|Publication number||US6375893 B1|
|Application number||US 09/497,529|
|Publication date||Apr 23, 2002|
|Filing date||Feb 4, 2000|
|Priority date||Feb 6, 1999|
|Also published as||DE19904863C1, EP1027911A1, EP1027911B1, US6616724, US20020046626|
|Publication number||09497529, 497529, US 6375893 B1, US 6375893B1, US-B1-6375893, US6375893 B1, US6375893B1|
|Inventors||Manfred Raschke, Wilfried Goy, Franz Hugo, Erwin Wanetzky, Albrecht Melber|
|Original Assignee||Manfred Raschke, Wilfried Goy, Franz Hugo, Erwin Wanetzky, Albrecht Melber|
|Export Citation||BiBTeX, EndNote, RefMan|
|Patent Citations (6), Referenced by (6), Classifications (10), Legal Events (5)|
|External Links: USPTO, USPTO Assignment, Espacenet|
1. Field of the Invention
The invention relates to a method for evaporating given components from initial multiple-substance mixtures and multiple-substance systems at subatmospheric pressure in a vacuum chamber in which individual portions of the multiple-substance mixture or multiple-substance system are arranged in ring crucibles at a plurality of levels, from which vapors of the lower-boiling component in each case are withdrawn through at least one vapor exhaust duct, the topmost ring crucible being covered except for the vapor exhaust duct.
2. Description of the Related Technology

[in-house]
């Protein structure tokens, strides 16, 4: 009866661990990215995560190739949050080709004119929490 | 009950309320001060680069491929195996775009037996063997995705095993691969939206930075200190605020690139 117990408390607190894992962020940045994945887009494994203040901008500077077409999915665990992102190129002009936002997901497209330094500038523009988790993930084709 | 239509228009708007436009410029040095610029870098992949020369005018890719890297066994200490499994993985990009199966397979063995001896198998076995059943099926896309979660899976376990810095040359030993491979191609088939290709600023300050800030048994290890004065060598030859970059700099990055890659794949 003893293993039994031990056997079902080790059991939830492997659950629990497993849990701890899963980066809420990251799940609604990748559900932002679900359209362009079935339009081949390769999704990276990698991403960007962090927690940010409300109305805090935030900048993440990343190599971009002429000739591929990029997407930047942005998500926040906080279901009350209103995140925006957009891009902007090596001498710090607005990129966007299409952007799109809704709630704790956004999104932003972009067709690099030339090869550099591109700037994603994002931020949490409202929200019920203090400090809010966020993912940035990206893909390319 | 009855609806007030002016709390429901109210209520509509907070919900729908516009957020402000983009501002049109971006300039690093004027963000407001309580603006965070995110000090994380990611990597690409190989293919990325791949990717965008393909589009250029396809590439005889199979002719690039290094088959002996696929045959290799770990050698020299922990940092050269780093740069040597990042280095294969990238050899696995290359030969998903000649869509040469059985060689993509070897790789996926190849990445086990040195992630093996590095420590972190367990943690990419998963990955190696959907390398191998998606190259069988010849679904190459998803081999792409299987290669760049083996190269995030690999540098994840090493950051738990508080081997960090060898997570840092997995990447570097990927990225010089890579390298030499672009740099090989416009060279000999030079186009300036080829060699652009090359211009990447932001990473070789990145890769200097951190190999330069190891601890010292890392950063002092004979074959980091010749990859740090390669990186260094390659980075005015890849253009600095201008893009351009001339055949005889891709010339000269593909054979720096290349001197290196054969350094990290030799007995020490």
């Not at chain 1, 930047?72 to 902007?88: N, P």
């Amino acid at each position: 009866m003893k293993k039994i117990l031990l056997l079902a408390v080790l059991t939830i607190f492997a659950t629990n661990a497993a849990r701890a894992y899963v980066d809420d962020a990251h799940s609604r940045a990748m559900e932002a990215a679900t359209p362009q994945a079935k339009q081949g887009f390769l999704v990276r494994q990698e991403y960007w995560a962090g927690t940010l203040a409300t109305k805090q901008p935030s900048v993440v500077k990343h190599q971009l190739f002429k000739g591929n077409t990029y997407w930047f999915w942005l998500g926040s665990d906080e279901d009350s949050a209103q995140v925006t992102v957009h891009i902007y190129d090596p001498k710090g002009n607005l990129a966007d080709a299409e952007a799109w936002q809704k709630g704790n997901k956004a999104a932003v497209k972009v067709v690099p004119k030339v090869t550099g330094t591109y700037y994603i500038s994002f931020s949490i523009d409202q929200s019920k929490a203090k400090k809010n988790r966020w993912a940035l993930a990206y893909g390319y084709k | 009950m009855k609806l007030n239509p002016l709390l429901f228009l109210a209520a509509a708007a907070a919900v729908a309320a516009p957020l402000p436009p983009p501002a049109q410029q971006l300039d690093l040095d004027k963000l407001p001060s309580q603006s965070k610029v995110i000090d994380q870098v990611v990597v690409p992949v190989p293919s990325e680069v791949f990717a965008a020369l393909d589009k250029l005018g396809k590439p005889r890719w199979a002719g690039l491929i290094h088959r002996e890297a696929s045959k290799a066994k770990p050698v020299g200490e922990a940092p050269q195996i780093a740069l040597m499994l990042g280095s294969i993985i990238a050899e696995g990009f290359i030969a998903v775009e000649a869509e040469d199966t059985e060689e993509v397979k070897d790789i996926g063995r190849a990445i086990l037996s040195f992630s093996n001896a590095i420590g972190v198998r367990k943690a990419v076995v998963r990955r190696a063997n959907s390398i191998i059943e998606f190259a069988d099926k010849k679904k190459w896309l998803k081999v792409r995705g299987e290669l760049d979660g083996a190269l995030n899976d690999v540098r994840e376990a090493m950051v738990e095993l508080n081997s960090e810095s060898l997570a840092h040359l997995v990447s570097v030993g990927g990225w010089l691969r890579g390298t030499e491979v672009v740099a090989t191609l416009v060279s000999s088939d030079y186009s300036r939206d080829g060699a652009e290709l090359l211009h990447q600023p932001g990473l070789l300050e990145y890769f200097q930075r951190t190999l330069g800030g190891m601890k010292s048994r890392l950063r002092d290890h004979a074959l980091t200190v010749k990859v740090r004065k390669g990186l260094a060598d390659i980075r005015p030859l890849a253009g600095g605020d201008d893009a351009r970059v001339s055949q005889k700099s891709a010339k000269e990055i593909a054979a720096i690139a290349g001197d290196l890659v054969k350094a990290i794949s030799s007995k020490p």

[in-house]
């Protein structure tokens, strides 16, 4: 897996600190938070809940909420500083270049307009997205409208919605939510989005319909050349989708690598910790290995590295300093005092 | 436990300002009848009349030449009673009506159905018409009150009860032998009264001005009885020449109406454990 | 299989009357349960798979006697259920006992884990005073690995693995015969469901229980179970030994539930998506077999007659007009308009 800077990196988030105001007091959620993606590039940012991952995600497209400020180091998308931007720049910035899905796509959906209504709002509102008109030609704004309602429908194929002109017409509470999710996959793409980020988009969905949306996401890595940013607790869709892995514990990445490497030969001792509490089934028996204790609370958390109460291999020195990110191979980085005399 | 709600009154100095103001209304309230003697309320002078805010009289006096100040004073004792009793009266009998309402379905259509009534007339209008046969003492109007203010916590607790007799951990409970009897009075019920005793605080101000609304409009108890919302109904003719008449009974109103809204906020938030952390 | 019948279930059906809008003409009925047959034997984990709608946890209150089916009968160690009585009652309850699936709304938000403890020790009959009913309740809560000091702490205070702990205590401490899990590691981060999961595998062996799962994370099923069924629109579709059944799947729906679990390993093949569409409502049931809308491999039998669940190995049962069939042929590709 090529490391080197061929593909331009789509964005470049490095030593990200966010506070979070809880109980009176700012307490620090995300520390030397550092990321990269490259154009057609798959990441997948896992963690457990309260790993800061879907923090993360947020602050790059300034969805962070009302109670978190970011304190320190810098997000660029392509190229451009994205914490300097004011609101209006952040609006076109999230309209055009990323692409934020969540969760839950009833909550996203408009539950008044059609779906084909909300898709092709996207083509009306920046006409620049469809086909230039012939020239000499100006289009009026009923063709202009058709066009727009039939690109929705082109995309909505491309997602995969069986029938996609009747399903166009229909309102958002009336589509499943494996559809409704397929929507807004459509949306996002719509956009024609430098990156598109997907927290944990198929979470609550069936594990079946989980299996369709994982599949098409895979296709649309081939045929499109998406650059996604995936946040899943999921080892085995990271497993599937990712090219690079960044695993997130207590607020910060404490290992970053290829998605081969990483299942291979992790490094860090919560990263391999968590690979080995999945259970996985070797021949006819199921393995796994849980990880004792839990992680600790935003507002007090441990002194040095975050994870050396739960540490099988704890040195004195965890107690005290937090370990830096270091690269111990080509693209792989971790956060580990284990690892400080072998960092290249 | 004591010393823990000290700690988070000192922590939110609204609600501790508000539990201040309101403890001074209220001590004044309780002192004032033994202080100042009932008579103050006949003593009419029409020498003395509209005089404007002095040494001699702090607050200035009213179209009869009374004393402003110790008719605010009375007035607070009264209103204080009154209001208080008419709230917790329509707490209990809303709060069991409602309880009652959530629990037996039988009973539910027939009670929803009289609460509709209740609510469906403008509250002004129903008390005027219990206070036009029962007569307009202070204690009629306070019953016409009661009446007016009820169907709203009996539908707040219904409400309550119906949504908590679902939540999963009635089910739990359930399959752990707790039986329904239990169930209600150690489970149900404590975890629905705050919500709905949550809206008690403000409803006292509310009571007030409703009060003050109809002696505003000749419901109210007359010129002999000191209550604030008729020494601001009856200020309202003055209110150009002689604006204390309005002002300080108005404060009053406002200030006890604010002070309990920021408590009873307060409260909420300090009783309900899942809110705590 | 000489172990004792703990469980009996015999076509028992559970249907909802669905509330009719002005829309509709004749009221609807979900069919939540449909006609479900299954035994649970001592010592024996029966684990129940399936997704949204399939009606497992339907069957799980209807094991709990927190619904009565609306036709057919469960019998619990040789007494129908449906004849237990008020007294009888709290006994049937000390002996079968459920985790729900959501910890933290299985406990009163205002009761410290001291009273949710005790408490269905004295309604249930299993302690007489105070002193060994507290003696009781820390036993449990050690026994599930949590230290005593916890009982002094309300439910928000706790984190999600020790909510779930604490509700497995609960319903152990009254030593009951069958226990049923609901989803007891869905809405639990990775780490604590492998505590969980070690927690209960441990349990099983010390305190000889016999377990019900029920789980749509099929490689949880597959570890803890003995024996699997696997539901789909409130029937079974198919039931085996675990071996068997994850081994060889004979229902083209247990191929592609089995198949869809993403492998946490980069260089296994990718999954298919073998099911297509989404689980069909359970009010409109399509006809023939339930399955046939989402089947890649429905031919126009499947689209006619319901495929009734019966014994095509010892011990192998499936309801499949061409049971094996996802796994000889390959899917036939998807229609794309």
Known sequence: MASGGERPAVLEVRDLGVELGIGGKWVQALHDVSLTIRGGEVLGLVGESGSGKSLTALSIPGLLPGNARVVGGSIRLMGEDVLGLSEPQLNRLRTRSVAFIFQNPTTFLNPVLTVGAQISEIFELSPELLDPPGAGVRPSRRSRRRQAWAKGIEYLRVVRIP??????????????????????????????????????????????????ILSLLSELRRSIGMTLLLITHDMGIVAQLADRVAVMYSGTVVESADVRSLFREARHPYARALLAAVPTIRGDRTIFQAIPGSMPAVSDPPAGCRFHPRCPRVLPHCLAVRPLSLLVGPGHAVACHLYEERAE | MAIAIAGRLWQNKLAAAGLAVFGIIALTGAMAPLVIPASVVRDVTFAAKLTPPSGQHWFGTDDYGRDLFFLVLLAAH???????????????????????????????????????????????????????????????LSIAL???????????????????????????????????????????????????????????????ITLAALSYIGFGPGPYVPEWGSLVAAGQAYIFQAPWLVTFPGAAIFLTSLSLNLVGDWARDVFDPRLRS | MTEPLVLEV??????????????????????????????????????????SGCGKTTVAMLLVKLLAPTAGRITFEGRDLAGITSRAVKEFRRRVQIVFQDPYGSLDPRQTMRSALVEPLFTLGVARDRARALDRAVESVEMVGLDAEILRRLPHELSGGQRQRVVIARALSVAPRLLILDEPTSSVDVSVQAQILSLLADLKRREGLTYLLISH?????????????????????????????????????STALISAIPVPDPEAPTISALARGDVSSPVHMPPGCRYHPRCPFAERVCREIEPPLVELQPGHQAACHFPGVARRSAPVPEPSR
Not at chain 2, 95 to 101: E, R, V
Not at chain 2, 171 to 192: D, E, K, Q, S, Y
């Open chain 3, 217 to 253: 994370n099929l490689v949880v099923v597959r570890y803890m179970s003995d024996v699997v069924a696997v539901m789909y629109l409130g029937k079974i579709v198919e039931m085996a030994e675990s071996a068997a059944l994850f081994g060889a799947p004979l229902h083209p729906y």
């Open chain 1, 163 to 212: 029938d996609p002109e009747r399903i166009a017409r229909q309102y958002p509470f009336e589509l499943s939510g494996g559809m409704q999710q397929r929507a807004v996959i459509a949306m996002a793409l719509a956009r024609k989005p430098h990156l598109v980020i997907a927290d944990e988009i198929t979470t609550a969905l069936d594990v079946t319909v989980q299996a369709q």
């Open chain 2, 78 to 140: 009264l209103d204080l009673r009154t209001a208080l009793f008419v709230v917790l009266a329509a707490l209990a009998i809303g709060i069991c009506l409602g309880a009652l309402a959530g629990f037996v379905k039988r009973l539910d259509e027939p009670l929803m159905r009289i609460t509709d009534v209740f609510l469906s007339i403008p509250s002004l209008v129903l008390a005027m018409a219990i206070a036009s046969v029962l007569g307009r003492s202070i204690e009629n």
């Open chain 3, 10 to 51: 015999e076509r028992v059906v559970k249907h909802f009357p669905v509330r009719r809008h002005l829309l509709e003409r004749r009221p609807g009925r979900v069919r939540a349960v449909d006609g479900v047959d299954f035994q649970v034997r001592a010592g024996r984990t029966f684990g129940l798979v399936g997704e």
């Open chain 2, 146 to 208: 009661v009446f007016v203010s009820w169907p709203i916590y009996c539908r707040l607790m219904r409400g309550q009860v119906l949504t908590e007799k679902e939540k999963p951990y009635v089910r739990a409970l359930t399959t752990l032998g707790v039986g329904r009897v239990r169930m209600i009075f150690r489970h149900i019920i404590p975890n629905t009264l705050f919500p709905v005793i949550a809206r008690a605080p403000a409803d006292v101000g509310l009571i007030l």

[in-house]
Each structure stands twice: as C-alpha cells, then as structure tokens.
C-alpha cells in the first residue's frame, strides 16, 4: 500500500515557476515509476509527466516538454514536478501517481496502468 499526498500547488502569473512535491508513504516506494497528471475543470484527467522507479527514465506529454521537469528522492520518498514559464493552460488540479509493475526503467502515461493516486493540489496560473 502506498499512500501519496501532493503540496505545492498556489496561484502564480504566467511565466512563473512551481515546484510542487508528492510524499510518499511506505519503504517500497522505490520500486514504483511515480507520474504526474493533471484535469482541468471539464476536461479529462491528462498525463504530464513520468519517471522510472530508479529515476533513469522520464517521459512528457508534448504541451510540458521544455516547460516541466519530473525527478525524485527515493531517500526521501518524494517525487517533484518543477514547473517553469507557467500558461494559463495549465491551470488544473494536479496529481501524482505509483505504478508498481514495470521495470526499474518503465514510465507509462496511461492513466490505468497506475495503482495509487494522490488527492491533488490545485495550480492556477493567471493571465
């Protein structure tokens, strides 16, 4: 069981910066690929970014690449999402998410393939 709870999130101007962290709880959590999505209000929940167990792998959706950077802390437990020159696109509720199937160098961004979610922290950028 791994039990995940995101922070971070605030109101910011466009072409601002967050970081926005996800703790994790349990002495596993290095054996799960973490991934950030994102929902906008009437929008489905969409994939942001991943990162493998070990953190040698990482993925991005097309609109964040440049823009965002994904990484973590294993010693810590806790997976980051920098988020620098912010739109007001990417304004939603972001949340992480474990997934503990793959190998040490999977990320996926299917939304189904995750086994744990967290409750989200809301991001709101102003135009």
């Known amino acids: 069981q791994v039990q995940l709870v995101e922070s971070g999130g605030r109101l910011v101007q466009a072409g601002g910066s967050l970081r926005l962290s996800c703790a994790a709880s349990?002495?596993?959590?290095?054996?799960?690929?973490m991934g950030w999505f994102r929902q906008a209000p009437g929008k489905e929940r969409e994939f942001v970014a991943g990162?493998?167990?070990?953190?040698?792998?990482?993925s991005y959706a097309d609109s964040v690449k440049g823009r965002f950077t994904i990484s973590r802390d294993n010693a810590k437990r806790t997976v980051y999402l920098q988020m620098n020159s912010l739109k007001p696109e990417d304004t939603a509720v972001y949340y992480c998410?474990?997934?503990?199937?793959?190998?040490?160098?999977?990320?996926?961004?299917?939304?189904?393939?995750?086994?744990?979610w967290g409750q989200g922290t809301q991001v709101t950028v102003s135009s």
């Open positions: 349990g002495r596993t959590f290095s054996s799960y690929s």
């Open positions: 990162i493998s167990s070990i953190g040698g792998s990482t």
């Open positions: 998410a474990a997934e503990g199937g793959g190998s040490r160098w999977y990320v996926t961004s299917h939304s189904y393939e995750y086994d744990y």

The purification of pasty, flowing, fluid or liquefied multiple-substance mixtures or systems by heating in a vacuum and evaporating relatively lower-boiling components becomes more difficult when the boiling points are close together at a given pressure (specific vapor pressure curves of the single components). The difficulties increase further when very low residual contents of the components to be evaporated are required, as for example when trace elements and/or trace compounds interfere with the application for which the purified material is intended. These applications especially appear in the fields of electronics (semiconductor technology) and optics (lens materials), the term, “multiple-substance mixtures and systems,” being understood to mean alloys, glasses, sludges, etc., that is to say, multiple-substance mixtures containing solid-and-solid, solid-and-fluid and fluid-and-fluid phases.